Mantes La Ville

29 09 2009

I finally mustered up the courage to call my contact at my school in which I will be teaching, instead of simply emailing her a response.  She was extremely nice on the phone, and I’m glad that I called her.  She explained to me in more detail how to get to the school from the train station.  That sounded a little complicated, but not overly so – it helped a lot that she gave landmarks, things to look for to know I was going in the right direction.  That always wins.

Since the validity of my passe NaviGO began yesterday, I decided to do a practice run of my commute.  That way, come Thursday, I will know exactly where to go and what to do, and the only thing I’ll have to worry about is catching my train on time.

So I walked to the Gare Saint-Lazare, trying to figure out what the best route would be en vélo. I plan to use my new bike to commute from here to the train station, to cut down on my commute time.  That didn’t work too well, as I ended up taking a longer route that was out of the way and led me back toward my former host parents’ apartment.  (At least I knew the neighborhood.)

When I got to the station, I passed by the grandes lignes, knowing that those were the ones that went to farther away cities than the suburbs of Paris.  I quickly found the right quay…but where was the place to validate my ticket?  Not wanting to miss my train, I decided to risk it and just board the train anyway.  My ride wouldn’t be entirely illegal, since my passe NaviGO does pay for all zones, but the chances of having a contrôle de billet, where transportation police check everyone’s tickets to make sure they paid for the trip, were very slim.

So I caught a “free” ride to Mantes Station.  It wasn’t too difficult to find the school.  In fact, it was super-easy.  You pretty much just turn right out of the train station (to make sure you’re actually going to Mantes La Ville and not Mantes La Jolie, a different town) and take the first big street you come across.  From there, it’s a few minutes’ walk straight down that street until you come to la Mairie, or town hall.  The school is right there.  In fact, could it really be possible that the school is in the same building as the Mairie??  It sure seemed like it.

Well, I turned around and walked back to the train station, taking a few pictures on my cell phone of the surroundings.  I almost took the wrong train on the way back, but I noticed it just in time.  More accurately, it would have been the right train to go back to Gare Saint-Lazare in Paris, but it was a more local train that made twice as many stops.  Anyway, I am pretty proud of myself that I figured this out, and I’m also glad that I did a practice run when there was no pressure.  I will be far less stressed on Thursday morning when I go for my first day of work.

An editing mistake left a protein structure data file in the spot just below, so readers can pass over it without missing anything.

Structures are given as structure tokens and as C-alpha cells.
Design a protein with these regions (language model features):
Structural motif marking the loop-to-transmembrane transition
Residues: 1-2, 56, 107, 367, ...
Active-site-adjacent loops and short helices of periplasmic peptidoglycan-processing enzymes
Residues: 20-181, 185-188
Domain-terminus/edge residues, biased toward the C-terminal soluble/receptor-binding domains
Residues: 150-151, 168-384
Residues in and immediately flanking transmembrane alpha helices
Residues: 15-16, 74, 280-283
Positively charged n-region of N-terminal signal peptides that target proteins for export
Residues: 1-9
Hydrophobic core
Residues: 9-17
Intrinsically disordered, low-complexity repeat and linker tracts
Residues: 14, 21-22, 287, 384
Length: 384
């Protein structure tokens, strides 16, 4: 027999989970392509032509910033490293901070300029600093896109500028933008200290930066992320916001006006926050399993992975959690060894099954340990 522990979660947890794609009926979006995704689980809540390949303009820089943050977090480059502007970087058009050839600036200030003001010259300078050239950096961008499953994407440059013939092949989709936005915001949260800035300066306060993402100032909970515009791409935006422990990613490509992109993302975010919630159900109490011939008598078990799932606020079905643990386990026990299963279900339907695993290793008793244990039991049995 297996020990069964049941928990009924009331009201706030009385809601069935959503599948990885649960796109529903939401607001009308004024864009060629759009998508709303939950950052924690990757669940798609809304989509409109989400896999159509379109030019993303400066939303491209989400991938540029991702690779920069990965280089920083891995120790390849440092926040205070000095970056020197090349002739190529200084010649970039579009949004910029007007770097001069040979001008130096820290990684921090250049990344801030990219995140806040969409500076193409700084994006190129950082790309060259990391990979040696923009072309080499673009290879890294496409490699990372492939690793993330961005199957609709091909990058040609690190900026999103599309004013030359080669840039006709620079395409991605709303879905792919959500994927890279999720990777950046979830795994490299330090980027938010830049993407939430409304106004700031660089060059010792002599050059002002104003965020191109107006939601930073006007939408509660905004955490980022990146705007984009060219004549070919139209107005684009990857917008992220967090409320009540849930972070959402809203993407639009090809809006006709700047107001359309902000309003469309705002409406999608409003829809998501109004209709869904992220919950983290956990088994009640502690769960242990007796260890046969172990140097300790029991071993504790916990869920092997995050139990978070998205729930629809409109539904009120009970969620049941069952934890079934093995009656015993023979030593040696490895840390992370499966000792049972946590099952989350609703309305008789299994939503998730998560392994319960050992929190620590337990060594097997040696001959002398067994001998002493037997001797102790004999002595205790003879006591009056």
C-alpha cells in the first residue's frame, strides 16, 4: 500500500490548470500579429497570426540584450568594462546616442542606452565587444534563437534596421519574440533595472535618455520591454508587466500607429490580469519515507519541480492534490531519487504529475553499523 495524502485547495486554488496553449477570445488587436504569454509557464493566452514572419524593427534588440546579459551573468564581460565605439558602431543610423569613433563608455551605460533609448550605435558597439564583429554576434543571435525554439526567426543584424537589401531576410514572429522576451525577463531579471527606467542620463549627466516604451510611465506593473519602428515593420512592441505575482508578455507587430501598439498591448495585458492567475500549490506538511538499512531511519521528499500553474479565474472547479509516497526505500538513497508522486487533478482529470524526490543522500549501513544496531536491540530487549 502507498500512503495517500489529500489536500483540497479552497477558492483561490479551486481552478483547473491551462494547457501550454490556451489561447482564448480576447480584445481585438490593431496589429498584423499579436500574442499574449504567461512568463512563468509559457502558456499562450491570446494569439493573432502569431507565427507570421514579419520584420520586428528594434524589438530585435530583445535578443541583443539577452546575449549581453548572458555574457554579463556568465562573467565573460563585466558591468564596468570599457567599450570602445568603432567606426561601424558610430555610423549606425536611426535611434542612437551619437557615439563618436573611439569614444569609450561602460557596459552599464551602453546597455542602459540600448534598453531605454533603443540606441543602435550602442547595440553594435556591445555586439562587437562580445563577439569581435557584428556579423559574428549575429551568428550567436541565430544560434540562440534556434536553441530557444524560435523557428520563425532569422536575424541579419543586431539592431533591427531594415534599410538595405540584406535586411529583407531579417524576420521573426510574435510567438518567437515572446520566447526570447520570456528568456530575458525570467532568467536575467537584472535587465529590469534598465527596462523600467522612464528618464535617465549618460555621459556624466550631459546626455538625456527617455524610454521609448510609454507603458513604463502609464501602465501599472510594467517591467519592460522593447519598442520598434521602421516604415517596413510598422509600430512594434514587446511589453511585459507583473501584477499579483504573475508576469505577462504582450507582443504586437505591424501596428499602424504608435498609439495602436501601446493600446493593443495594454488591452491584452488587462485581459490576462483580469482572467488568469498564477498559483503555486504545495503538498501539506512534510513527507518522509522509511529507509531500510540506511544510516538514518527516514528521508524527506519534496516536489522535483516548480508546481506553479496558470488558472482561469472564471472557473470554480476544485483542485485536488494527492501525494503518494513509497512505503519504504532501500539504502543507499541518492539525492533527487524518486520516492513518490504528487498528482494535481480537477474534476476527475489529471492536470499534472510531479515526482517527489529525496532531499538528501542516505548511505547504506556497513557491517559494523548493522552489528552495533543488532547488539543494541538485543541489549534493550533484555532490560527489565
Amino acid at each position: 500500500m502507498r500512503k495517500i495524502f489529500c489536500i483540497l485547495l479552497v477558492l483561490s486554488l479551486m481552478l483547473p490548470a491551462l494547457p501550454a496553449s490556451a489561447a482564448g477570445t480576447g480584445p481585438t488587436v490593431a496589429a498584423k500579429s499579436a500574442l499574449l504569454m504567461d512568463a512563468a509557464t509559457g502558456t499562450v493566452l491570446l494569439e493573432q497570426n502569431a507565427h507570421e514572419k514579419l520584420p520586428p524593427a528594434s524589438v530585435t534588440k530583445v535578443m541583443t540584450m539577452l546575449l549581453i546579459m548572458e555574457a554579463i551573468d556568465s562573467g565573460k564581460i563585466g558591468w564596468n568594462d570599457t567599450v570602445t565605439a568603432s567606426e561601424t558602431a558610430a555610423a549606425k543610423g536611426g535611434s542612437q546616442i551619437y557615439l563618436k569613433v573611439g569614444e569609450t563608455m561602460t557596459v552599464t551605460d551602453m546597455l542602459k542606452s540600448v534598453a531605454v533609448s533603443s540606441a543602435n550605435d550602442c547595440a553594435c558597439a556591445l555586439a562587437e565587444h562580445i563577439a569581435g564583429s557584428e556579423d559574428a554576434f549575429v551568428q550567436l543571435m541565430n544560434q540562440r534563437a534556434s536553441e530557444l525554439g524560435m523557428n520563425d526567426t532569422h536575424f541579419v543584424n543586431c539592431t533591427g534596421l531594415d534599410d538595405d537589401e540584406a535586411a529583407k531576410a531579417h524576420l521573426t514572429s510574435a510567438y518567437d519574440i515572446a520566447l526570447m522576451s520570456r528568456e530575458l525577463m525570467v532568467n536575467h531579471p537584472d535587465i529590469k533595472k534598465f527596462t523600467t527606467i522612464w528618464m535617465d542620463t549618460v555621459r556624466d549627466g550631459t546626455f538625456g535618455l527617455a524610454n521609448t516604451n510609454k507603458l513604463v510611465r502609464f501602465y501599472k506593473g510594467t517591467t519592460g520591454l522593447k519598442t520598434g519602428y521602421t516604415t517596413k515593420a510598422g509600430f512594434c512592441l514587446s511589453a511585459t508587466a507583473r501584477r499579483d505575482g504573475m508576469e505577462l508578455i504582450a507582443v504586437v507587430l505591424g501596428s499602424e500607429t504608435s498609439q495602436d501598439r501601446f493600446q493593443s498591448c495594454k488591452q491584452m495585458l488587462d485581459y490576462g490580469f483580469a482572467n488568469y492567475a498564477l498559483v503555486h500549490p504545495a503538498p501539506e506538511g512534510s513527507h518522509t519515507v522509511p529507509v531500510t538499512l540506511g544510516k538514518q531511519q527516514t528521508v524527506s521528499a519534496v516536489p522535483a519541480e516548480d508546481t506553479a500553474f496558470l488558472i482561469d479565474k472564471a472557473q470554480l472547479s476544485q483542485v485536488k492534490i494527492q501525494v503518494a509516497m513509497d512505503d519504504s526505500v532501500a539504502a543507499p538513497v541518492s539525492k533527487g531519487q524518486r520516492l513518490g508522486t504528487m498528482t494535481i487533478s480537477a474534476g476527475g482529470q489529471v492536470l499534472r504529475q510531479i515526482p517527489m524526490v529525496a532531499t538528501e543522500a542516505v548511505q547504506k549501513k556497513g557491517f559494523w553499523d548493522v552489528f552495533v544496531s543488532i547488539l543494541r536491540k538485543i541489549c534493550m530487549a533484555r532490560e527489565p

People & Places

The Transilien is interesting.  That’s the name of the train service that takes me to and from Mantes La Ville.  It passes through all 6 zones of Paris, and through many different suburban towns.  Coming back toward Paris, I noticed that the demographics of the train changed quite suddenly.  One moment I looked behind me to see about 8 African women beautifully clothed in colorful traditional garb.  The next moment, I looked back again, this time to a sea of muted colors of plainer yet fashionable Parisians.

The landscape also changes quite suddenly.  On the way out, I noticed old country houses, a plot of land dedicated to about 20 separate vegetable gardens with their own tool sheds.  The route even shows some foothills, which is nice to see when you’re used to living in the city.

Getting back to Paris was nice, though.  I asked one of the friendly messieurs at the welcome kiosk where I am supposed to validate my passe NaviGO when I leave.  He smiled and said that they don’t actually have a way to validate the passes NaviGO at the station yet.  That means…you can pretty much ride that train for free, without a ticket, if you are willing to risk the chance of getting caught by a contrôle.  You don’t even have to jump over any barriers to get out of the train station, as you would if you had taken the RER.

It was also a nice feeling to get back home to Paris.  Yes, Paris feels quite a bit like home to me.  It certainly helps that I’ve lived here before and have some basic knowledge of how things work here, and how to go where I want to go.  But I also feel so at home in the city.  I’m definitely a city girl at heart.  I love the hustle and bustle, the abundance of public transportation, everything you need just a few blocks away.  Paris is also special.  I love Paris in the springtime…I love Paris in the fall….

I leave you with a few more pictures of Mantes La Ville:


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One response

30 09 2009
Lauren

Oh, the French. There’s no way to validate it, of course!

What a great idea to try out your route ahead of time. Man, riding a bike is also a great idea! but I would be too scared to do it in the city. My mom has ingrained the idea in me that I am not a safe bike-rider and that I would instantly be in a car accident if I tried to ride in traffic. I know you’re way good at it, though. By the way, what camera do you have with you, there? Oh, and what is the name of your school? I want to google it!

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